TS-CRC Student project - Vertebrate monitoring and re-sampling in Kakadu National Park

Charles Darwin University, Darwin

Michelle Watson

Summary | Change in vertebrate fauna | Response of mammal fauna to fire regimes  | Establish vertebrate fauna samples for baseline data  |


The rationale behind the project was the recent evidence that some populations of small mammals in the Kapalga portion of Kakadu National Park (KNP) had undergone a fairly rapid and in some cases severe decline during 1986–1993. As no comparable information exists for the rest of KNP, the existence (and extent) of any broad scale patterns of decline could not be known. In addition the relationship of this pattern to management practices could not be determined. The arrival of the cane toad ( Bufo marinus ) ,and the potential impacts of this arrival on some native species also acted as a catalyst for the commencement of this project.

Primary objectives for the first year of the project (2001) were to:

  1. Assess the change in the vertebrates (particularly mammal) fauna of KNP by re-sampling sites previously sampled during the 1980s and 1990s.
  2. Assess the response of the mammal fauna to varying fire regimes, through sampling a set of sites chosen to represent spatially and temporally variable fire regimes
  3. Establish a set of vertebrate fauna samples that will contribute to baseline data to be used in the assessment of cane toad impacts.

Change in vertebrate fauna during 1980s and 1990s

In all, mammal abundance data has been collected from 121 quadrats in Stage III of Kakadu National Park. Preliminary analysis of the data has shown no consistent pattern in the direction or magnitude of change in mammal populations in the southern half of the park.

Previous sampling in this area occurred between 1988 and 1990 and included 20 clusters each of 15 quadrats, two sites each of five quadrats, and another group of 70 quadrats placed in the Conservation Zone between Coronation Hill and El Sherana (Woinarski & Braithwaite 1990, 1991). Another set of 15 quadrats (all at KNP fire monitoring plots) was sampled in comparable manner in January-February 1996 (Woinarski & Griffiths 1996).

A number of species (including the common rock rat, pale field rat, Kakadu dunnart, northern brown bandicoot, western chestnut mouse, northern quoll and black footed tree rat) appear to have increased since the original sampling. However, of these species only the common rock rat, pale field rat, northern quoll and northern brown bandicoot have undergone statistically significant changes.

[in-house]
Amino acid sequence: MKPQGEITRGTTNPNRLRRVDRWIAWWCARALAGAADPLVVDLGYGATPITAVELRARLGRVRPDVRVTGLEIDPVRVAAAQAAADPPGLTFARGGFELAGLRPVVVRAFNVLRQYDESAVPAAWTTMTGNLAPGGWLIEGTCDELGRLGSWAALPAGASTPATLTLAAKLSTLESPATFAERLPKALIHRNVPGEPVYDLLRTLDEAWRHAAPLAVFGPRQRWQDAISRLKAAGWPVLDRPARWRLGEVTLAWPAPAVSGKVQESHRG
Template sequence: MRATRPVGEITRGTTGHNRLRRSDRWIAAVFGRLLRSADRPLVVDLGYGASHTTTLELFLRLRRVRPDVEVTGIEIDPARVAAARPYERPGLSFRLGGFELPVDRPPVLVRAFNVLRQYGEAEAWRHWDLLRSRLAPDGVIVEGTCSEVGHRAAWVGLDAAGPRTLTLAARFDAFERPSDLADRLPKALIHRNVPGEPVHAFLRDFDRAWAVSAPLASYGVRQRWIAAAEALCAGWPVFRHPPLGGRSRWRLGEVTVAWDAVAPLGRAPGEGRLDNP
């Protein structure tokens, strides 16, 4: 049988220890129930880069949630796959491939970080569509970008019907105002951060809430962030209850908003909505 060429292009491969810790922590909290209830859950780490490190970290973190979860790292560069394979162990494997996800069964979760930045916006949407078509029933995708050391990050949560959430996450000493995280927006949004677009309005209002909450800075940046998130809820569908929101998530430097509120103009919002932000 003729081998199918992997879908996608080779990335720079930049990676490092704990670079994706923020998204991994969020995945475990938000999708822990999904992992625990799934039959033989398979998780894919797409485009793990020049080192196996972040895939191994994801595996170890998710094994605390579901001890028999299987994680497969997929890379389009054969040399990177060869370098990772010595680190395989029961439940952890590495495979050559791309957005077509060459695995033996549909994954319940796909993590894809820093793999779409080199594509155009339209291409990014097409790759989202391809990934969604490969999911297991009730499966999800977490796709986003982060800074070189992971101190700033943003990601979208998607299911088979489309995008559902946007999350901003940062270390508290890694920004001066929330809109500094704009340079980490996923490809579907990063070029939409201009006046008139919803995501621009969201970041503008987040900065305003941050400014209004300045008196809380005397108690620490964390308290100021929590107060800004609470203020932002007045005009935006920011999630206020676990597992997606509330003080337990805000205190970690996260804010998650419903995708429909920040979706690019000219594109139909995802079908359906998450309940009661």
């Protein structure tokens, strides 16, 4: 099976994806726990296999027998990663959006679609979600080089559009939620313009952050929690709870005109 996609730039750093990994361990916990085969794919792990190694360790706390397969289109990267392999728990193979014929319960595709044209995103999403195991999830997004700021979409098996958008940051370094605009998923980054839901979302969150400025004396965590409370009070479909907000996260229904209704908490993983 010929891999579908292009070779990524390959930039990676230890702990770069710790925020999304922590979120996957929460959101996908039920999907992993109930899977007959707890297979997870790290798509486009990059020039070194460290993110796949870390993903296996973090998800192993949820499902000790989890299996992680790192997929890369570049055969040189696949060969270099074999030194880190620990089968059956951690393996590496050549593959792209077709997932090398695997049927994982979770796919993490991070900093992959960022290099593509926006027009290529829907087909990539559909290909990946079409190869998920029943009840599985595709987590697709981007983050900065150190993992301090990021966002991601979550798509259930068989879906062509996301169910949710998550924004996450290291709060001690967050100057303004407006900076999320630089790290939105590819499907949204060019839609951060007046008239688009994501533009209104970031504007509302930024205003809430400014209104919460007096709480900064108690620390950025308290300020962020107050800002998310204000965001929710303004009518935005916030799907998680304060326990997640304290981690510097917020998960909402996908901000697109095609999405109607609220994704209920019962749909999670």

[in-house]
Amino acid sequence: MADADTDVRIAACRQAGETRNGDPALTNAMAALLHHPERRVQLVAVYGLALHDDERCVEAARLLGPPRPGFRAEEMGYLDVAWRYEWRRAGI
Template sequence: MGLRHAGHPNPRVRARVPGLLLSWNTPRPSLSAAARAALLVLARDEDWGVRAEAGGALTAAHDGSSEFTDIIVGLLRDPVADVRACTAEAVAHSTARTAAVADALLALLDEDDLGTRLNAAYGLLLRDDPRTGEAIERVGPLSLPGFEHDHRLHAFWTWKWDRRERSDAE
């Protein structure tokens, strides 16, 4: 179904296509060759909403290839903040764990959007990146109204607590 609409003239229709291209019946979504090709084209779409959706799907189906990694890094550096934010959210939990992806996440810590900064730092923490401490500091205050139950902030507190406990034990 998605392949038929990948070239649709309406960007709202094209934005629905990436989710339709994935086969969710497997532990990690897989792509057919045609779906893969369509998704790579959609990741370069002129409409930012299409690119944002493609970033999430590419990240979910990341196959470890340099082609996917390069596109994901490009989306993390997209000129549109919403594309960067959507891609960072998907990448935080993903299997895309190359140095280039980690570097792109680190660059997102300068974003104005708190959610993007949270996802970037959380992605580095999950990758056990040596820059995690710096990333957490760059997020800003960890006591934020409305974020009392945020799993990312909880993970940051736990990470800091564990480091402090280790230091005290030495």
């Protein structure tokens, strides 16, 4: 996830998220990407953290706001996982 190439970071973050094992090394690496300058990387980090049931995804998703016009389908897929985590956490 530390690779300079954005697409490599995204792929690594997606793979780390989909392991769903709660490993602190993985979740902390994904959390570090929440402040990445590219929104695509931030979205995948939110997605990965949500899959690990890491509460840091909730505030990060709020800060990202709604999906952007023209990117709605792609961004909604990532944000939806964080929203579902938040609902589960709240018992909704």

In contrast a number of species appear to have declined since the original sampling. These species include Kakadu pebble mound mouse, delicate mouse, sugar glider, sandstone antechinus, Leggadina and common planigale. Of these, only the decline in Leggadina is statistically significant. Other notable findings from the surveys to date include a very significant increase in the number of pigs since the original survey. In addition, surveys revealed the presence of the introduced black rat at Snake Plain and Black Jungle Springs.

We note that this analysis is very preliminary, and caution against over-interpreting the results. We have not yet attempted to consider the results in greater detail, but intend to see whether the degree and direction of change at any given quadrat can be related to fire history or other management factors.

Response of mammal fauna to varying fire regimes

Mammals were sampled in 12 large grids within Eucalyptus miniata —E. tetrodonta forests, with sites selected to represent contrasting fire regimes.

Fire histories were derived by collating and manipulating 21 years of fire data for KNP. A number of parameters were used to select sites that varied in the extent of spatial and temporal patchiness of burning over the 21 years of data. The selected sites included some that had been typically affected by small, localised fires and others which had been extensively burned or unburned.

At each site mammals were sampled in a grid covering approximately 9 hectares. Individual mammals were marked and released to provide for an assessment of population density. Sampling was carried out over a five-week period between June and August 2001. A broad range of environmental variables was assessed at each trapping location to allow an evaluation of the response of some key habitat factors (eg availability if tree hollows, understorey density, tree size classes and species composition) to fire history.

Although the data collected during this sampling is yet to be analysed it is evident from the raw data that there is an extraordinary level of variation among grids in both the numbers of animals and diversity of species caught. At this stage it appears that this variation can not be explained solely by the fire parameters investigated in this study. Further analysis of the data is required to explain these results.

Establish vertebrate fauna samples for baseline data

All sites sampled to date are amenable for use as monitoring plots in the assessment of cane toad impacts. It should be noted that cane toads were recorded at three sites surveyed during 2001 (Mt Evelyn, Birdie Creek and Sleisbeck Plateau).